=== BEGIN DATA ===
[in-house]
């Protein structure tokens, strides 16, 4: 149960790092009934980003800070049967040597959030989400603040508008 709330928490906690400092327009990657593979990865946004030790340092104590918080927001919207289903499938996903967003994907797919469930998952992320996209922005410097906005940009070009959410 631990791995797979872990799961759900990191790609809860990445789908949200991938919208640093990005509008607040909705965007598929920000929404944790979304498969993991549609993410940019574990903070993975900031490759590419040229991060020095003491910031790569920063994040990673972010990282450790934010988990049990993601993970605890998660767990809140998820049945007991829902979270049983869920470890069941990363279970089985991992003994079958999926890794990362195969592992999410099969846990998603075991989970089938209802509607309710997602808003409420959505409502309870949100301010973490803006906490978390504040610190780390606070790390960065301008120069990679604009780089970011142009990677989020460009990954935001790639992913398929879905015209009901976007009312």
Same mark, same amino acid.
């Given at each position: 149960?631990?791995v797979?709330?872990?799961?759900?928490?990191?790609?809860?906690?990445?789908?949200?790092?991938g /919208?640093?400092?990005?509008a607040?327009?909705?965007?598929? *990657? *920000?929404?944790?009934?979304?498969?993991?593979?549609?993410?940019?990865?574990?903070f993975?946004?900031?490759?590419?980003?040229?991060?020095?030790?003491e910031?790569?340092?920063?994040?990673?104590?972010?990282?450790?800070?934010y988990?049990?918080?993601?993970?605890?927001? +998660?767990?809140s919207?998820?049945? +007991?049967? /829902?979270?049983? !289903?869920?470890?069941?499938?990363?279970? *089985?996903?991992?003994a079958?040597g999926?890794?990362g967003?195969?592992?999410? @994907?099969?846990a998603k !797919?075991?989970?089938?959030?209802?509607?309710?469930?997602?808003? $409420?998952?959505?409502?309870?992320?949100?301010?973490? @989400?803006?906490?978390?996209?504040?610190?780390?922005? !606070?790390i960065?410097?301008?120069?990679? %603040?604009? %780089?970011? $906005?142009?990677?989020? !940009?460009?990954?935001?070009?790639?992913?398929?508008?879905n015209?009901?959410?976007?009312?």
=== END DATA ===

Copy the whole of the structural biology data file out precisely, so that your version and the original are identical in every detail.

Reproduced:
[in-house]
């Protein structure tokens, strides 16, 4: 149960790092009934980003800070049967040597959030989400603040508008 709330928490906690400092327009990657593979990865946004030790340092104590918080927001919207289903499938996903967003994907797919469930998952992320996209922005410097906005940009070009959410 631990791995797979872990799961759900990191790609809860990445789908949200991938919208640093990005509008607040909705965007598929920000929404944790979304498969993991549609993410940019574990903070993975900031490759590419040229991060020095003491910031790569920063994040990673972010990282450790934010988990049990993601993970605890998660767990809140998820049945007991829902979270049983869920470890069941990363279970089985991992003994079958999926890794990362195969592992999410099969846990998603075991989970089938209802509607309710997602808003409420959505409502309870949100301010973490803006906490978390504040610190780390606070790390960065301008120069990679604009780089970011142009990677989020460009990954935001790639992913398929879905015209009901976007009312």
Same mark, same amino acid.
């Given at each position: 149960?631990?791995v797979?709330?872990?799961?759900?928490?990191?790609?809860?906690?990445?789908?949200?790092?991938g /919208?640093?400092?990005?509008a607040?327009?909705?965007?598929? *990657? *920000?929404?944790?009934?979304?498969?993991?593979?549609?993410?940019?990865?574990?903070f993975?946004?900031?490759?590419?980003?040229?991060?020095?030790?003491e910031?790569?340092?920063?994040?990673?104590?972010?990282?450790?800070?934010y988990?049990?918080?993601?993970?605890?927001? +998660?767990?809140s919207?998820?049945? +007991?049967? /829902?979270?049983? !289903?869920?470890?069941?499938?990363?279970? *089985?996903?991992?003994a079958?040597g999926?890794?990362g967003?195969?592992?999410? @994907?099969?846990a998603k !797919?075991?989970?089938?959030?209802?509607?309710?469930?997602?808003? $409420?998952?959505?409502?309870?992320?949100?301010?973490? @989400?803006?906490?978390?996209?504040?610190?780390?922005? !606070?790390i960065?410097?301008?120069?990679? %603040?604009? %780089?970011? $906005?142009?990677?989020? !940009?460009?990954?935001?070009?790639?992913?398929?508008?879905n015209?009901?959410?976007?009312?």